Gulrajaney v. Petricha (App. Div. 2005)

In the context of a contested 2002 election for the condominium’s board of trustees, an owner e-mailed a candidate in which she alleged misconduct on that candidate’s opponent’s behalf. Some of the facts alleged by Ms. Petricha about candidate Gulrajaney were false, unbeknownst to Ms. Petricha. The e-mail recipient forwarded that e-mail onto others, thus “publishing” a possible defamatory statement. Gulrajaney’s defamation against everyone was dismissed.

Here, the Appellate Court continued and affirmed the general rule that a candidate for a seat on a common interest community association’s board of trustees is a limited public figure, for purposes of defamation law. In the context of these elections, comments about candidates constitutes “political speech”, which “presents the strongest possible case for applications of” the First Amendment. Since a candidate for a common interest community association’s board of trustees is a limited public figure, that candidate can only win a defamation suit if he demonstrates, “by clear and convincing evidence,” that alleged defamatory statement was “made with the knowledge of its falsity or with reckless disregard for the truth.” Here, since Ms. Petricha did not know the statements were false when made, and the topic related to the contested election, she could not be found to have committed to tort of defamation.

This case extended similar protections to persons that take the alleged defamatory statements and publish them or forward them to others. Since the e-mail involved the board election in question and the recipients, and then publishers, had an interest in that election, their distribution of the e-mail to others was protected by “conditional or qualified privilege.” As long as the statement is not “excessively published” or the publisher knows it’s false, the privilege is preserved. Important for the publishers, this privilege is utterly unrelated to the initial author’s protection under the limited public figure doctrine.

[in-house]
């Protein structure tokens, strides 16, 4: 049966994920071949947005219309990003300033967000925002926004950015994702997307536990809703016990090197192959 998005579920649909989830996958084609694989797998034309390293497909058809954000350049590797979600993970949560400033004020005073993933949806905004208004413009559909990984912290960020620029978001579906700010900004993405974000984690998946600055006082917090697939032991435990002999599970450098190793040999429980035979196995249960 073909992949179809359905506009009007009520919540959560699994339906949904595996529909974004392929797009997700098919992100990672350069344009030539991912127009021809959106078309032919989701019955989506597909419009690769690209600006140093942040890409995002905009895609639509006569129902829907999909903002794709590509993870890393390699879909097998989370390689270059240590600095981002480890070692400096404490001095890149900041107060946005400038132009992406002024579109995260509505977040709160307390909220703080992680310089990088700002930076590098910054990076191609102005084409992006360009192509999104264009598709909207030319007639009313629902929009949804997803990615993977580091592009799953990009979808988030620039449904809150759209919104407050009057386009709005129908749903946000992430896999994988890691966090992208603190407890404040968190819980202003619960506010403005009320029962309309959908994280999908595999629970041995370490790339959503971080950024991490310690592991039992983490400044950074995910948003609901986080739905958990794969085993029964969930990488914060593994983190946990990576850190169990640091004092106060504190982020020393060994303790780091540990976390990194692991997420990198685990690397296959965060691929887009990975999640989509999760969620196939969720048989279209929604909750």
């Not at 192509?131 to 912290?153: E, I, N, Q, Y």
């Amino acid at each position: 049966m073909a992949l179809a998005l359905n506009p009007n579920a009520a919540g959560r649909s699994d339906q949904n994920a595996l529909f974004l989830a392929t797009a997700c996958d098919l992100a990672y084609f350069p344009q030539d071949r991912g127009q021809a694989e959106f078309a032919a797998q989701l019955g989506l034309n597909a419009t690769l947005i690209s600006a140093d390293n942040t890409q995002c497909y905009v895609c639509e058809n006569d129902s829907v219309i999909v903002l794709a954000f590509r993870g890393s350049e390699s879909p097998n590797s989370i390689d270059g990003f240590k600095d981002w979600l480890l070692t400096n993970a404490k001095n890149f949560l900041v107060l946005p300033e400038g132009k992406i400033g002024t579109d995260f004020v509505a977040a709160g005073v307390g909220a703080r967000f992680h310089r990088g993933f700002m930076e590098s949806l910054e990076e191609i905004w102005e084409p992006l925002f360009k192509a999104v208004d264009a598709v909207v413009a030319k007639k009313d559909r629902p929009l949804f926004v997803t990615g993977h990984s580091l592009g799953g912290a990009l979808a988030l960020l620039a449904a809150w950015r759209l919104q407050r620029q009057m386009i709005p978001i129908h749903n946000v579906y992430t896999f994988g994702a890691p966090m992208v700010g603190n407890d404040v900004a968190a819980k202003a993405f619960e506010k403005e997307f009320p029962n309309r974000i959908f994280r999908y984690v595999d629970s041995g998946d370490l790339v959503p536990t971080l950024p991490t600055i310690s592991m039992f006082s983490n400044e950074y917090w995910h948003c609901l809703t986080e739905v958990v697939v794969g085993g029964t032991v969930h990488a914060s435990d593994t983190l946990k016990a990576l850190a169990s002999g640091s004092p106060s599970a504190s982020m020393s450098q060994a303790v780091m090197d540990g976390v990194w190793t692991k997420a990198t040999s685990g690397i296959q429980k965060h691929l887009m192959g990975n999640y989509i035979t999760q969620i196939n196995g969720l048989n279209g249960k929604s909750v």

In the end, this case and the appellate court’s opinion in Verna v. the Links at Valleybrook Neighborhood Ass’n, 371 N.J. Super. 77 (App. Div. 2004), make it clear that speakers and publishers have wide latitude in speaking, writing, etc. within the context of a common interest community association election or other matters of concern to that association.